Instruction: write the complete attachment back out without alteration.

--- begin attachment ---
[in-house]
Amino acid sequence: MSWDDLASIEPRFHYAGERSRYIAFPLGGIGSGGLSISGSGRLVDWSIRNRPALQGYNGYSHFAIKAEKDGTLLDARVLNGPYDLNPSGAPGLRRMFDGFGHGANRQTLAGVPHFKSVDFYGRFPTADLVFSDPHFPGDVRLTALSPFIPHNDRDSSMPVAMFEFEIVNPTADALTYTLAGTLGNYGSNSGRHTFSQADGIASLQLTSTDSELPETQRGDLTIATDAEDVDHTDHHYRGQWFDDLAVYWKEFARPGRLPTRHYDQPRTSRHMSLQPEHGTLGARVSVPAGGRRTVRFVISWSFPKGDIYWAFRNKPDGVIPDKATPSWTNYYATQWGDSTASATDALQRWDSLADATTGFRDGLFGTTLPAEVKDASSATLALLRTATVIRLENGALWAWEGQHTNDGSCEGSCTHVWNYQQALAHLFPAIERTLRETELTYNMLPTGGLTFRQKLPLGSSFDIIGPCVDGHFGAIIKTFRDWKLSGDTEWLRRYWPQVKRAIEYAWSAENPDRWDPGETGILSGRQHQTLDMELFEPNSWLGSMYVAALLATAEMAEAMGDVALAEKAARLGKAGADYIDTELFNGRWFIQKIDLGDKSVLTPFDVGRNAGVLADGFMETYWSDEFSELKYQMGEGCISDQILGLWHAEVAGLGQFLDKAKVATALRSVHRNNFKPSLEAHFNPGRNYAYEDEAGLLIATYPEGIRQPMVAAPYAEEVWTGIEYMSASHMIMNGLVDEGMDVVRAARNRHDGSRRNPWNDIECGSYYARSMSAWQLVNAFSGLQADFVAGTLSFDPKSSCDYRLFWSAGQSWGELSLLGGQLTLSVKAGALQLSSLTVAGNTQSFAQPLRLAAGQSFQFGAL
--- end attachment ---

[in-house]
Amino acid sequence: MSWDDLASIEPRFHYAGERSRYIAFPLGGIGSGGLSISGSGRLVDWSIRNRPALQGYNGYSHFAIKAEKDGTLLDARVLNGPYDLNPSGAPGLRRMFDGFGHGANRQTLAGVPHFKSVDFYGRFPTADLVFSDPHFPGDVRLTALSPFIPHNDRDSSMPVAMFEFEIVNPTADALTYTLAGTLGNYGSNSGRHTFSQADGIASLQLTSTDSELPETQRGDLTIATDAEDVDHTDHHYRGQWFDDLAVYWKEFARPGRLPTRHYDQPRTSRHMSLQPEHGTLGARVSVPAGGRRTVRFVISWSFPKGDIYWAFRNKPDGVIPDKATPSWTNYYATQWGDSTASATDALQRWDSLADATTGFRDGLFGTTLPAEVKDASSATLALLRTATVIRLENGALWAWEGQHTNDGSCEGSCTHVWNYQQALAHLFPAIERTLRETELTYNMLPTGGLTFRQKLPLGSSFDIIGPCVDGHFGAIIKTFRDWKLSGDTEWLRRYWPQVKRAIEYAWSAENPDRWDPGETGILSGRQHQTLDMELFEPNSWLGSMYVAALLATAEMAEAMGDVALAEKAARLGKAGADYIDTELFNGRWFIQKIDLGDKSVLTPFDVGRNAGVLADGFMETYWSDEFSELKYQMGEGCISDQILGLWHAEVAGLGQFLDKAKVATALRSVHRNNFKPSLEAHFNPGRNYAYEDEAGLLIATYPEGIRQPMVAAPYAEEVWTGIEYMSASHMIMNGLVDEGMDVVRAARNRHDGSRRNPWNDIECGSYYARSMSAWQLVNAFSGLQADFVAGTLSFDPKSSCDYRLFWSAGQSWGELSLLGGQLTLSVKAGALQLSSLTVAGNTQSFAQPLRLAAGQSFQFGAL